Tag Archives: NHS

What mental health services can learn from Sandwell’s integrated approach

Sandwell in the West Midlands has re-engineered its services to support more people at an earlier stage in their illness, with impressive results

It is good news that the chief medical officer, Dame Sally Davies, has turned the spotlight on mental health in her latest report. She is right to argue for a big drive on public mental health.

There is already some great practice out there. I would urge Davies to take a trip to Sandwell to find out how and why the area is doing so well on violence reduction and reducing levels of depression.

Earlier this month, I travelled to Sandwell and Dudley to find out for myself. The answer is not rocket science, it is all about relationships. Focusing on building relationships helps people to become more resilient and capable.

Sandwell’s approach to mental health and wellbeing is all about recognising and developing people’s relational assets and never turning people away.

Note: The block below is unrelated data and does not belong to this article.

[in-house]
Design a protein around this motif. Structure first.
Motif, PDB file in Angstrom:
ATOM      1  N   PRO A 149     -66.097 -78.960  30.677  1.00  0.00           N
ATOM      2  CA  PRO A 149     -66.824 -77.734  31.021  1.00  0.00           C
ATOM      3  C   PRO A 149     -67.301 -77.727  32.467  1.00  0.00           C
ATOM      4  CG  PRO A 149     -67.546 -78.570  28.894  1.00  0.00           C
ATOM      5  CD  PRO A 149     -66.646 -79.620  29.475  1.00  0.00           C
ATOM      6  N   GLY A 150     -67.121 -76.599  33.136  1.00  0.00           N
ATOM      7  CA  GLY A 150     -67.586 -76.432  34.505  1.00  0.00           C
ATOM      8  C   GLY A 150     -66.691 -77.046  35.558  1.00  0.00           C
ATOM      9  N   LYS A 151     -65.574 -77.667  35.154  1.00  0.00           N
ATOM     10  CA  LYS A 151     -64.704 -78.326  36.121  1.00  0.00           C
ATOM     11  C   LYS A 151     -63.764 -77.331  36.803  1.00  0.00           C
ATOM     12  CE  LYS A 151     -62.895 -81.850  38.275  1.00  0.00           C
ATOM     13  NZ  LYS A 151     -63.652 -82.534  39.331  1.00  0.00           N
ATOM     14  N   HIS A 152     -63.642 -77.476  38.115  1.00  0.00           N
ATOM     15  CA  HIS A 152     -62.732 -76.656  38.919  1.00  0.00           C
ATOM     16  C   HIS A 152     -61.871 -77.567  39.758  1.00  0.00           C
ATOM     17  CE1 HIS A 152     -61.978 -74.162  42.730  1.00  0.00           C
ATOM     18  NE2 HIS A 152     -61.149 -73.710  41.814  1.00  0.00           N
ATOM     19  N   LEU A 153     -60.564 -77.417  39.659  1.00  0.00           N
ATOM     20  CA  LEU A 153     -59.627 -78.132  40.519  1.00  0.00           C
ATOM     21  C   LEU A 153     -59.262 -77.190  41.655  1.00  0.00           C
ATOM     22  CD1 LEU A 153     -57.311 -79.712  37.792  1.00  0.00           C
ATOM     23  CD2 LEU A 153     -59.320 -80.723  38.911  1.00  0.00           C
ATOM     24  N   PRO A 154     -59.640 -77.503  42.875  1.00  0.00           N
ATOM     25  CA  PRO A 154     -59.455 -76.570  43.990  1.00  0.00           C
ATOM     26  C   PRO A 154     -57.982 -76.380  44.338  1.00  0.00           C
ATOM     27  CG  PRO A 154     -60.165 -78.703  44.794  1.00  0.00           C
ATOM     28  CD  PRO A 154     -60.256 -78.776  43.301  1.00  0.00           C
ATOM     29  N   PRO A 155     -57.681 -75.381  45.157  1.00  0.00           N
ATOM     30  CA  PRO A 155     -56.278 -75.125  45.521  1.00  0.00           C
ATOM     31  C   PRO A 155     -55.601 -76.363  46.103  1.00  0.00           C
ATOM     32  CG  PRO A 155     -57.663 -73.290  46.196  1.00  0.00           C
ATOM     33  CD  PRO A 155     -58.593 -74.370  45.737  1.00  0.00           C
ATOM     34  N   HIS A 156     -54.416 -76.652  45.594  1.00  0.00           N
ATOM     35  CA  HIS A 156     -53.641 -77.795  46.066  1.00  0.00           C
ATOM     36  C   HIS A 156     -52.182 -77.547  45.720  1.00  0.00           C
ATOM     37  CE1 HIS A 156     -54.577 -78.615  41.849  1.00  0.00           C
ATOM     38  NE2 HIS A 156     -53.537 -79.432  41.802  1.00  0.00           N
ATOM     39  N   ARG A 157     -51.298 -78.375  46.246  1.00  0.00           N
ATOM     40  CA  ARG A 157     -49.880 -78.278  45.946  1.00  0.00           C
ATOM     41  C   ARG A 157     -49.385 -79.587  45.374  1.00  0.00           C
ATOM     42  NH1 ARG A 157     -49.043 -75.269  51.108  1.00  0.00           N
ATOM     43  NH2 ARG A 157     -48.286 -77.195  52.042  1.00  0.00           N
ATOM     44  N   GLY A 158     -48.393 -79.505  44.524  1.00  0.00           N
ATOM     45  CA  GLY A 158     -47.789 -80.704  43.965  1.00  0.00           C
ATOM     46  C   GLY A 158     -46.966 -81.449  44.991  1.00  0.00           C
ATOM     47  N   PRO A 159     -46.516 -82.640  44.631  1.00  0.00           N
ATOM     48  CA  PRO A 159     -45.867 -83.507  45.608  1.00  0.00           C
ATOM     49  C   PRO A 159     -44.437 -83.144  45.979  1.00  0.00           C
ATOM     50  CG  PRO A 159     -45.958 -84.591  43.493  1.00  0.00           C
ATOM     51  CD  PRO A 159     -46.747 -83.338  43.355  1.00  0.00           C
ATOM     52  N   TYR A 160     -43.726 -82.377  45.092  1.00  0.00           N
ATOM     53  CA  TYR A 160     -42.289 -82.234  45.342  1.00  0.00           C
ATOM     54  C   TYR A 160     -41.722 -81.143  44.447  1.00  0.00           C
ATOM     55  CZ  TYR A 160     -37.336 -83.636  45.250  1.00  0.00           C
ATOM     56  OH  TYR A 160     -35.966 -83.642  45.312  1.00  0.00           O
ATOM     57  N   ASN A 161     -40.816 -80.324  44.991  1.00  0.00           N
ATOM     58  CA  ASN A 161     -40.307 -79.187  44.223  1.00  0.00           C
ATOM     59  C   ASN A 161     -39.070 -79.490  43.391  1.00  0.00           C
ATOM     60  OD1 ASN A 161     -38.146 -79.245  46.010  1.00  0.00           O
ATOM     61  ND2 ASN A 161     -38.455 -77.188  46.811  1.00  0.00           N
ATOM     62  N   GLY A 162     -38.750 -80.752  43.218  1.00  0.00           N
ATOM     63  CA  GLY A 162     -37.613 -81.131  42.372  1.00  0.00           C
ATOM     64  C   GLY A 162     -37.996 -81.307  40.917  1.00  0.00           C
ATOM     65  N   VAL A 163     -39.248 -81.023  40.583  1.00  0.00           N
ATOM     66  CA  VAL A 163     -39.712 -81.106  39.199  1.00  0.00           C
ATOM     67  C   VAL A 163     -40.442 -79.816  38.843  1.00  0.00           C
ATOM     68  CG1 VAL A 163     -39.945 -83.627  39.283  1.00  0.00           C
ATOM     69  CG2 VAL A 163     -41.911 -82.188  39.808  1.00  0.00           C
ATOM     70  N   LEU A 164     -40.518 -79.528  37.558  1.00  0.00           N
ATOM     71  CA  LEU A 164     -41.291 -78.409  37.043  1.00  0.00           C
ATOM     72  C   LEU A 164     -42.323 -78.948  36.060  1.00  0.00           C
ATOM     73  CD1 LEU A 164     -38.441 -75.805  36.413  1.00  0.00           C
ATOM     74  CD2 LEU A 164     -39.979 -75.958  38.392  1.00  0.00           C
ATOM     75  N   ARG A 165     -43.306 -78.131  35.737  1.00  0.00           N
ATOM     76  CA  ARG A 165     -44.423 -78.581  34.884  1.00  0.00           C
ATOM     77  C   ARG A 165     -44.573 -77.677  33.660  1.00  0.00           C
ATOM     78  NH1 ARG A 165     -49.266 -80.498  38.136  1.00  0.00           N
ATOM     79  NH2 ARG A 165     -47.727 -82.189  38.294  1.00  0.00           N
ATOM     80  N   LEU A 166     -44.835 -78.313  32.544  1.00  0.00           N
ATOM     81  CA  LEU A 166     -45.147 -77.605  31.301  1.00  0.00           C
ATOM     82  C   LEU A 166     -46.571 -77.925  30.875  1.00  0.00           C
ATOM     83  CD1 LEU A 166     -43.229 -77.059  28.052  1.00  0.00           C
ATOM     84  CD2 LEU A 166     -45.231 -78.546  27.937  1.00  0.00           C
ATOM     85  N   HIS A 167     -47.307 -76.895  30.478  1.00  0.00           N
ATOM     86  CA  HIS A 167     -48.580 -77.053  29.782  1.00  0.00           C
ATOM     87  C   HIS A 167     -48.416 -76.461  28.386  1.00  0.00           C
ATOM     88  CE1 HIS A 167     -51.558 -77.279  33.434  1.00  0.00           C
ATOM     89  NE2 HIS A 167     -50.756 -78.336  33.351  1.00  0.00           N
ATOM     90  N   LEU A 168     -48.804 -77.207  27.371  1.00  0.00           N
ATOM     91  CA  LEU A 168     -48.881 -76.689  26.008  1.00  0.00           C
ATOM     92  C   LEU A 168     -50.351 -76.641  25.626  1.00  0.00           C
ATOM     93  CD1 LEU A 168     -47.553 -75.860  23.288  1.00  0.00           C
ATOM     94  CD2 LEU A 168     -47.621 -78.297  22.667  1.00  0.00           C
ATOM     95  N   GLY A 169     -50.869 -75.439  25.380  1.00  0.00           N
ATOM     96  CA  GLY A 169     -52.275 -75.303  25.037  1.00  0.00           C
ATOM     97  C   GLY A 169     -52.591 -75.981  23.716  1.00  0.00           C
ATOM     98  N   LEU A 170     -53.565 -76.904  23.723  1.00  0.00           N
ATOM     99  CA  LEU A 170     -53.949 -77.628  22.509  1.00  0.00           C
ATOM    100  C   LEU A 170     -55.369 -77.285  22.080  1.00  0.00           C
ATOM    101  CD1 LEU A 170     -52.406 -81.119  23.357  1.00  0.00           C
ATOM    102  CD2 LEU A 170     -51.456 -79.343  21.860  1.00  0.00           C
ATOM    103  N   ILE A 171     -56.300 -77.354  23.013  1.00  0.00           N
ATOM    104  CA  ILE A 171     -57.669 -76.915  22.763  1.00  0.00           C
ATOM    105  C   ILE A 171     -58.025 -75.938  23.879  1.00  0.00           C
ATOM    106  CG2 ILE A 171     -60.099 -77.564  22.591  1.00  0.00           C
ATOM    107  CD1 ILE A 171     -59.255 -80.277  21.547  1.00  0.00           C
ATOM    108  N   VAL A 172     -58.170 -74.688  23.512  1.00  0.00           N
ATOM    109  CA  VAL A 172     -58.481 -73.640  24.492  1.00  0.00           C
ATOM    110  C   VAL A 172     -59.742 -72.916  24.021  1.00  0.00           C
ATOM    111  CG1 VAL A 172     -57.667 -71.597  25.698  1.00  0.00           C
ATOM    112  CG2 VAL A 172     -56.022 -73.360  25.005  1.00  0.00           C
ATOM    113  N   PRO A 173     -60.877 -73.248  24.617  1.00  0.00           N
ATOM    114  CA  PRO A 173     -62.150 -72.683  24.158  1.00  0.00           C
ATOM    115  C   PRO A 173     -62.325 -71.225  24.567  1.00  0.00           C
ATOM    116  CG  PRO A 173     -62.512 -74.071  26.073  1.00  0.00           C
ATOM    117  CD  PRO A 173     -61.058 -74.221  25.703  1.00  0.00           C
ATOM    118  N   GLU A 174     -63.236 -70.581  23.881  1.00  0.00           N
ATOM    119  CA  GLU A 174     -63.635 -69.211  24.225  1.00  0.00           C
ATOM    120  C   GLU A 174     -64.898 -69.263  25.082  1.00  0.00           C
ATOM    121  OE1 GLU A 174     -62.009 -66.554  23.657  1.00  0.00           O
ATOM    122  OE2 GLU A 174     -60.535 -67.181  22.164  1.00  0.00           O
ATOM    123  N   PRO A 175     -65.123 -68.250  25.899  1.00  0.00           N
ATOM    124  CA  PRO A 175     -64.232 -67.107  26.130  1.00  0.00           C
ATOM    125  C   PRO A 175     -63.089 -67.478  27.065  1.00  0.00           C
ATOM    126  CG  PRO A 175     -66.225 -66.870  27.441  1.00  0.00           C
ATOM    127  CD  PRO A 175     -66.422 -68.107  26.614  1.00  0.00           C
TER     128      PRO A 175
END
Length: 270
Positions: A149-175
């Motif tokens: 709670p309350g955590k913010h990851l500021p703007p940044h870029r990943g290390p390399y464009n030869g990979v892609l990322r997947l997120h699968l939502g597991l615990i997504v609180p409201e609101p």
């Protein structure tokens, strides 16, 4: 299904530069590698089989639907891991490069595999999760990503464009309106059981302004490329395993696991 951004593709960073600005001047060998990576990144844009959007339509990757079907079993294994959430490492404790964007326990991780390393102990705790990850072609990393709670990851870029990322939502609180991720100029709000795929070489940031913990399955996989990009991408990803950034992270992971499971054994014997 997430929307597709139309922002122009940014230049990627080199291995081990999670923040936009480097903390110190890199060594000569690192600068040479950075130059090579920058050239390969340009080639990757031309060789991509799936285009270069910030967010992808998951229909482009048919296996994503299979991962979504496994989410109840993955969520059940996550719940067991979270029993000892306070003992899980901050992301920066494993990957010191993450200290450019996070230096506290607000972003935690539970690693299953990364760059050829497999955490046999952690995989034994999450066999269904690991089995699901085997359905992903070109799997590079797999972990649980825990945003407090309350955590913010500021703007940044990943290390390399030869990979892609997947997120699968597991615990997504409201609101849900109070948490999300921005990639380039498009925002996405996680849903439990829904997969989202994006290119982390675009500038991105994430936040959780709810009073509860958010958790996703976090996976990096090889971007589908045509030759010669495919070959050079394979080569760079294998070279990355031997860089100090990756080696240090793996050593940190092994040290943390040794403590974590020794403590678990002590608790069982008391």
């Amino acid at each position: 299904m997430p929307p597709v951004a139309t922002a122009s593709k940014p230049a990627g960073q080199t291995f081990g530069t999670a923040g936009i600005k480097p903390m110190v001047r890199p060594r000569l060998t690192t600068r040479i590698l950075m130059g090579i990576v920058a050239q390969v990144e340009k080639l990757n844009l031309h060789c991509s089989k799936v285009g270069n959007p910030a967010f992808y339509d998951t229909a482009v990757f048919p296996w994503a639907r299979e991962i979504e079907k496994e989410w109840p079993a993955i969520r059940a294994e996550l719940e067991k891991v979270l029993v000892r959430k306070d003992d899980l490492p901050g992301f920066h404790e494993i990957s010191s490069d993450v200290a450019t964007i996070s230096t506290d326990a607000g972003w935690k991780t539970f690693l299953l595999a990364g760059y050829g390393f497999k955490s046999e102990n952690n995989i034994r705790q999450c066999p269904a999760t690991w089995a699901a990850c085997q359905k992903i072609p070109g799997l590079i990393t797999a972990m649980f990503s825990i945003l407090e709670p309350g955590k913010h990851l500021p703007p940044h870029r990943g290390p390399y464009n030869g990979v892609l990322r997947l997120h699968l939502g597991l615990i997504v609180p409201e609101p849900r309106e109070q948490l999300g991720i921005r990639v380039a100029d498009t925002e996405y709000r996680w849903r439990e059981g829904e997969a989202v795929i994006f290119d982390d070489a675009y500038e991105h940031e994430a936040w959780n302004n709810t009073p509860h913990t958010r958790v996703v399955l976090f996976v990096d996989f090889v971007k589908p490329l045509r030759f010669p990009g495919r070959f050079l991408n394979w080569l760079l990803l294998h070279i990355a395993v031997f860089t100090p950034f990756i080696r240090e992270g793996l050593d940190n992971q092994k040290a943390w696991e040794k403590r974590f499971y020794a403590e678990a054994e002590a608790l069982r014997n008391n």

Hospitals told to cut parking costs under new guidelines

Ministers said the relatives of people who are seriously ill or have to stay in hospital for a long time should be given free parking or reduced charges.

Concessions should also be offered to people with disabilities and NHS staff whose shift patterns mean they cannot use public transport.

Last month Health Secretary Jeremy Hunt told MPs costs were “just too high”.

Patients and families shouldn’t have to deal with the added stress of unfair parking charges”

NHS patient groups warn more doctor assistants may be ‘healthcare on cheap’

Physician associates will have two years of intensive training, as opposed to seven years completed by fully fledged doctors

 

  • theguardian.com,
  • The NHS physician associates will provide support for the diagnosis and management of patients. Photograph: Christopher Thomond

    The government is launching a recruitment drive to hire more doctors‘ assistants to try to help take pressure off a straining NHS under plans announced on Thursday.

    The physician associates will have two years of intensive training instead of the seven completed by doctors, and will provide support in the diagnosis and management of patients in hospitals.

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